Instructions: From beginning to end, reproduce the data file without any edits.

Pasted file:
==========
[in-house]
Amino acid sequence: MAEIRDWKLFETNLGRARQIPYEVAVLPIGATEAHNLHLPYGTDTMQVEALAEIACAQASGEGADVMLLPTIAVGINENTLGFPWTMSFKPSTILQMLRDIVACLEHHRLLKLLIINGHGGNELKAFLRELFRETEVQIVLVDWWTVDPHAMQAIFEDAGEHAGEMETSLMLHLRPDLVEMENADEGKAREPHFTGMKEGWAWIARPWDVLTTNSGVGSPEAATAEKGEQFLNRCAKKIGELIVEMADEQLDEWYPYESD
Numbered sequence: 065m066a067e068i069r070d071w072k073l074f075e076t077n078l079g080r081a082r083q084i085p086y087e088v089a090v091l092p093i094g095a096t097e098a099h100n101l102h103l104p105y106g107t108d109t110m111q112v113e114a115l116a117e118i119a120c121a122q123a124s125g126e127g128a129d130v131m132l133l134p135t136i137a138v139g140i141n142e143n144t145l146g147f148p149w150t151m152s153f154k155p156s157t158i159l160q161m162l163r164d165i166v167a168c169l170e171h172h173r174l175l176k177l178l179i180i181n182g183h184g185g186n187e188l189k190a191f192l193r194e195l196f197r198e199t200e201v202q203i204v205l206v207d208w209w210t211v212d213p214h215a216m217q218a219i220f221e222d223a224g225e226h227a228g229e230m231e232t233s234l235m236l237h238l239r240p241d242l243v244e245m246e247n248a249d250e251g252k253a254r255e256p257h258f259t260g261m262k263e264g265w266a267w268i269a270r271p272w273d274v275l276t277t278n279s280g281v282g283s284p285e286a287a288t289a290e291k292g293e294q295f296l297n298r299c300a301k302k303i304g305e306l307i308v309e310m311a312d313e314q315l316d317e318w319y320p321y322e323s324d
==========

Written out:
[in-house]
Amino acid sequence: MAEIRDWKLFETNLGRARQIPYEVAVLPIGATEAHNLHLPYGTDTMQVEALAEIACAQASGEGADVMLLPTIAVGINENTLGFPWTMSFKPSTILQMLRDIVACLEHHRLLKLLIINGHGGNELKAFLRELFRETEVQIVLVDWWTVDPHAMQAIFEDAGEHAGEMETSLMLHLRPDLVEMENADEGKAREPHFTGMKEGWAWIARPWDVLTTNSGVGSPEAATAEKGEQFLNRCAKKIGELIVEMADEQLDEWYPYESD
Numbered sequence: 065m066a067e068i069r070d071w072k073l074f075e076t077n078l079g080r081a082r083q084i085p086y087e088v089a090v091l092p093i094g095a096t097e098a099h100n101l102h103l104p105y106g107t108d109t110m111q112v113e114a115l116a117e118i119a120c121a122q123a124s125g126e127g128a129d130v131m132l133l134p135t136i137a138v139g140i141n142e143n144t145l146g147f148p149w150t151m152s153f154k155p156s157t158i159l160q161m162l163r164d165i166v167a168c169l170e171h172h173r174l175l176k177l178l179i180i181n182g183h184g185g186n187e188l189k190a191f192l193r194e195l196f197r198e199t200e201v202q203i204v205l206v207d208w209w210t211v212d213p214h215a216m217q218a219i220f221e222d223a224g225e226h227a228g229e230m231e232t233s234l235m236l237h238l239r240p241d242l243v244e245m246e247n248a249d250e251g252k253a254r255e256p257h258f259t260g261m262k263e264g265w266a267w268i269a270r271p272w273d274v275l276t277t278n279s280g281v282g283s284p285e286a287a288t289a290e291k292g293e294q295f296l297n298r299c300a301k302k303i304g305e306l307i308v309e310m311a312d313e314q315l316d317e318w319y320p321y322e323s324d